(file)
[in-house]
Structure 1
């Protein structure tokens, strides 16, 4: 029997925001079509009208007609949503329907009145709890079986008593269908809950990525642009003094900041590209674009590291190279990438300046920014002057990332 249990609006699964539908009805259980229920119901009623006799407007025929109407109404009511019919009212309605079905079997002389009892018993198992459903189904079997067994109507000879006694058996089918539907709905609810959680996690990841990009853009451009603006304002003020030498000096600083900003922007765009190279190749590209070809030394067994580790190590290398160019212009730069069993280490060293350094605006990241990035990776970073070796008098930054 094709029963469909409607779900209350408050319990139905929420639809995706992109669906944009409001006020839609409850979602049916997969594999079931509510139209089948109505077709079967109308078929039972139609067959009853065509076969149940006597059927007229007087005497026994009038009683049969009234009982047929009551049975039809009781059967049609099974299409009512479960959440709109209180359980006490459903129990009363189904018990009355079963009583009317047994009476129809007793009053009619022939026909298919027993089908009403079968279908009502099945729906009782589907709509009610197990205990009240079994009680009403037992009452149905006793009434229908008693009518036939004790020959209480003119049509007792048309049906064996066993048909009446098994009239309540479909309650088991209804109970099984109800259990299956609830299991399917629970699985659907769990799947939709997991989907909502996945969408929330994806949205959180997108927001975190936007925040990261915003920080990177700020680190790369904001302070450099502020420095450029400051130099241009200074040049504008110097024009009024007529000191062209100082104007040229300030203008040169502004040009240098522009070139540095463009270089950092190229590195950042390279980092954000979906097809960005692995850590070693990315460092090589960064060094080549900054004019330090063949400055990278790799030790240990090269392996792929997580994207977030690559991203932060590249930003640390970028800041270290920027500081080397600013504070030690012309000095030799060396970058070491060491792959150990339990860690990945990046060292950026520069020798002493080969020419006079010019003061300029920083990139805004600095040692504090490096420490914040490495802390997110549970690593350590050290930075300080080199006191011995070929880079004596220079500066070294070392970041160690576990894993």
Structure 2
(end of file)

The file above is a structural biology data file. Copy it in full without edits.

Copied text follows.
[in-house]
Structure 1
């Protein structure tokens, strides 16, 4: 029997925001079509009208007609949503329907009145709890079986008593269908809950990525642009003094900041590209674009590291190279990438300046920014002057990332 249990609006699964539908009805259980229920119901009623006799407007025929109407109404009511019919009212309605079905079997002389009892018993198992459903189904079997067994109507000879006694058996089918539907709905609810959680996690990841990009853009451009603006304002003020030498000096600083900003922007765009190279190749590209070809030394067994580790190590290398160019212009730069069993280490060293350094605006990241990035990776970073070796008098930054 094709029963469909409607779900209350408050319990139905929420639809995706992109669906944009409001006020839609409850979602049916997969594999079931509510139209089948109505077709079967109308078929039972139609067959009853065509076969149940006597059927007229007087005497026994009038009683049969009234009982047929009551049975039809009781059967049609099974299409009512479960959440709109209180359980006490459903129990009363189904018990009355079963009583009317047994009476129809007793009053009619022939026909298919027993089908009403079968279908009502099945729906009782589907709509009610197990205990009240079994009680009403037992009452149905006793009434229908008693009518036939004790020959209480003119049509007792048309049906064996066993048909009446098994009239309540479909309650088991209804109970099984109800259990299956609830299991399917629970699985659907769990799947939709997991989907909502996945969408929330994806949205959180997108927001975190936007925040990261915003920080990177700020680190790369904001302070450099502020420095450029400051130099241009200074040049504008110097024009009024007529000191062209100082104007040229300030203008040169502004040009240098522009070139540095463009270089950092190229590195950042390279980092954000979906097809960005692995850590070693990315460092090589960064060094080549900054004019330090063949400055990278790799030790240990090269392996792929997580994207977030690559991203932060590249930003640390970028800041270290920027500081080397600013504070030690012309000095030799060396970058070491060491792959150990339990860690990945990046060292950026520069020798002493080969020419006079010019003061300029920083990139805004600095040692504090490096420490914040490495802390997110549970690593350590050290930075300080080199006191011995070929880079004596220079500066070294070392970041160690576990894993």
Structure 2